The Soviet Union is constructing new silos at two missile test sites, indicating that Moscow may be ready for initial flight testing of two new, large intercontinental ballistic missiles (ICBMs) next year, government sources said yesterday.
U.S. intelligence has been tracking development of both missiles -- dubbed the SSX26 and SSX27 by one U.S. source -- since open-air test firing of their engines was observed and publicized several yearsago.
But steady progress on the two missiles, as two other new Soviet mobile ICBMs are being deployed, illustrates Moscow's determination to continue modernizing Soviet strategic forces, intelligence sources said. That modernization is continuing despite an agreement last month in Geneva by President Reagan and Soviet leader Mikhail Gorbachev to pursue a 50 percent reduction in nuclear forces.
One of the untested ICBMs would replace the giant, liquid-fueled SS18, sources said. The other appears to be a smaller, solid-fueled missile about the size of the MX missile being built by the United States.
Disclosure of the test silo construction is contained in the third annual White House report on Soviet arms violations that will be released Monday. That report will charge the Soviets with an "expanding pattern" of violations, according to government sources. A former Defense Department official noted yesterday that the report will be released a week before the unratified SALT II treaty is due to expire on Dec. 31.
Some administration officials want Reagan to announce that the United States will no longer be bound by the terms of SALT II since the Soviets allegedly are violating them.
Other officials want Reagan to continue the policy of not undercutting the agreement while making "proportional" responses to Soviet infractions.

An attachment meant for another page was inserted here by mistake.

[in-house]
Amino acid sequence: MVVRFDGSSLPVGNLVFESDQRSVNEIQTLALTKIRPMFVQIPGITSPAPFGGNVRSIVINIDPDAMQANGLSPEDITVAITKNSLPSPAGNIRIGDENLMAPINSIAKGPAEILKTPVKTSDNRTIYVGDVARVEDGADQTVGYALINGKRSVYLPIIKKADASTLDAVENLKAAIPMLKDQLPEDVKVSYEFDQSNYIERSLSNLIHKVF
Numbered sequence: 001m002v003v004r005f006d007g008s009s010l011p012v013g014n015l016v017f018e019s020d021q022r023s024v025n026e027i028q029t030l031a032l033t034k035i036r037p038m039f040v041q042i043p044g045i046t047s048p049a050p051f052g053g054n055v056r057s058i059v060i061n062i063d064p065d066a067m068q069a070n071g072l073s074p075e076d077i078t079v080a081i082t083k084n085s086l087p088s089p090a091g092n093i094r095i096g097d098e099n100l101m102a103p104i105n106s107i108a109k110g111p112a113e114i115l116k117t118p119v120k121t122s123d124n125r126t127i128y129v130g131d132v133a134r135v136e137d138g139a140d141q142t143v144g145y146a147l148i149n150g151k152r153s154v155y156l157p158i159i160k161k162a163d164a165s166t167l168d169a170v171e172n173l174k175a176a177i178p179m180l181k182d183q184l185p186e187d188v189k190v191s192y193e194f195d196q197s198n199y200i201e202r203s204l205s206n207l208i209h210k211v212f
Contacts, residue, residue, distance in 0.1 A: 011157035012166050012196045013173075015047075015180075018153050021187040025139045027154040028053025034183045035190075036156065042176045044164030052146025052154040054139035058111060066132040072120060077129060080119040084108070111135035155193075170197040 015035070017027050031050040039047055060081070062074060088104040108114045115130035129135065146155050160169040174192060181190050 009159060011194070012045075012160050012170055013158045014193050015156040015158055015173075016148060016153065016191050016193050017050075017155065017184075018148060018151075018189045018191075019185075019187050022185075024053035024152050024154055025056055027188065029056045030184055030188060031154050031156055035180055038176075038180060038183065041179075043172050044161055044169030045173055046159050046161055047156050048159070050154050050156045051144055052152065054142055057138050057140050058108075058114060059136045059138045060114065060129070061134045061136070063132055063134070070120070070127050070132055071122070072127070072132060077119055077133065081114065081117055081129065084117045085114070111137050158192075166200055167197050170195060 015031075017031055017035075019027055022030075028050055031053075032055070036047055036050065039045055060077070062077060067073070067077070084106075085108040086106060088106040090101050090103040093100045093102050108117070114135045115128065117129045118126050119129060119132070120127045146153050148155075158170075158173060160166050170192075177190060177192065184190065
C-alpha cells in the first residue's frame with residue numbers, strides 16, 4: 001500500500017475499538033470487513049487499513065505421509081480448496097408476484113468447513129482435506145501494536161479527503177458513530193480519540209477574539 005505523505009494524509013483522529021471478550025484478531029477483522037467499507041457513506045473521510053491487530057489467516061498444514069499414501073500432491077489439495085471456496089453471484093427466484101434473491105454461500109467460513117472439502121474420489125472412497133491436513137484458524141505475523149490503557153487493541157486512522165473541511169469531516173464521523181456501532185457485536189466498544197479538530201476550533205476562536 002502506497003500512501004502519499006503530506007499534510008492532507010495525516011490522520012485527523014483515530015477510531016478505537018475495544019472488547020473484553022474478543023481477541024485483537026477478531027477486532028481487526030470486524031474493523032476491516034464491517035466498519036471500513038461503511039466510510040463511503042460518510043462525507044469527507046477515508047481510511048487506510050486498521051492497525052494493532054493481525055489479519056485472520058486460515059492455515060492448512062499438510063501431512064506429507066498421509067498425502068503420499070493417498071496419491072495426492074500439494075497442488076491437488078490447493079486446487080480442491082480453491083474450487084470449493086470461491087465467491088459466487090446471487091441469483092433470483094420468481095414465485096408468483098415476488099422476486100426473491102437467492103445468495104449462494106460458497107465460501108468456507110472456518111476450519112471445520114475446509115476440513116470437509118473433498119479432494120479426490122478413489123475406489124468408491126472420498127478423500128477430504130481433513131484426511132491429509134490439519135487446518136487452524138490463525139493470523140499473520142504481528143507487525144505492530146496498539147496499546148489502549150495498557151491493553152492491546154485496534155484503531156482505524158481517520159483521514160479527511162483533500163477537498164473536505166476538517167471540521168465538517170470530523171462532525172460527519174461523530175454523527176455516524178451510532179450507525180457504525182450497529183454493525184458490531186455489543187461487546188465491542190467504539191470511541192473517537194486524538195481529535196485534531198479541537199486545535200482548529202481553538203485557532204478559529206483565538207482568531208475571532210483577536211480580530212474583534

One new issue raised in the pending report, one source said, is Soviet concealment by camouflage of the size of the new ICBM test silos, which prevents American satellites from photographing the silos. Without those photographs, U.S. analysts cannot determine the width and diameter of the silos, data helpful in determining whether the new ICBMs represent potential violations of arms agreements, the source said.
"These may or may not be new missiles that would violate SALT II limits," one former Air Force official said yesterday, "but it is clear the Soviets are not going to help us make that decision."
Another Soviet concealment issue raised in the report concerns the two other new mobile Soviet missiles now in production and the initial stages of deployment.
The United States alleges that the road-mobile, single-warhead SS25 and the rail-mobile, 10-warhead SS24 violate provisions of the SALT II agreement that require the superpowers to reveal both the missile and its launcher during testing.
The report argues that the two new missiles are improperly "concealed" in canisters that are then carried by mobile launchers. One government source said yesterday that U.S. intelligence has never photographed the SS25 missile outside its canister.
Two other new violations listed in the report appear to be technical rather than militarily significant.
The Soviets are alleged to have exceeded the limit they set for themselves in strategic launchers with the deployment of 45 SS25s and 30 new Bear bombers capable of carrying air-launched cruise missiles.
Moscow allegedly failed to cut other weapons to remain within treaty limits.
The Soviets removed more than 50 SS11 missiles from their silos and blew up the silo covers to compensate for the new SS25s, but the silos were not destroyed as required by treaty agreements.
They also put 30 old Bison bombers in a remote airfield and cut the tails off some to prove they were inoperable. But, the report notes, since there are no agreed-upon procedures for dismantling strategic bombers, the Bisons cannot be counted as out of service.
The United States and Soviet Union historically "have had quarrels of timing and character of procedures for destroying weapons," the former Air Force official said. "These were always worked out at the SCC the Geneva-based Standing Consultative Commission established by the SALT I treaty ," he added.
The report also notes that the Soviets have taken action on some older alleged violations.The production rate of Backfire bombers, which last year was called a violation of an agreement to build only 30 a year, is called "ambiguous" in the new report.
There also is "some evidence," one source said, that SS16 mobile missile equipment was moved from a base where last year it was reported as being deployed in violation of the SALT II pact.
In another area, sources said, the report notes that the Soviets appear to have halted use of "yellow rain" toxins in Afghanistan, also the subject of a U.S. violations complaint last year.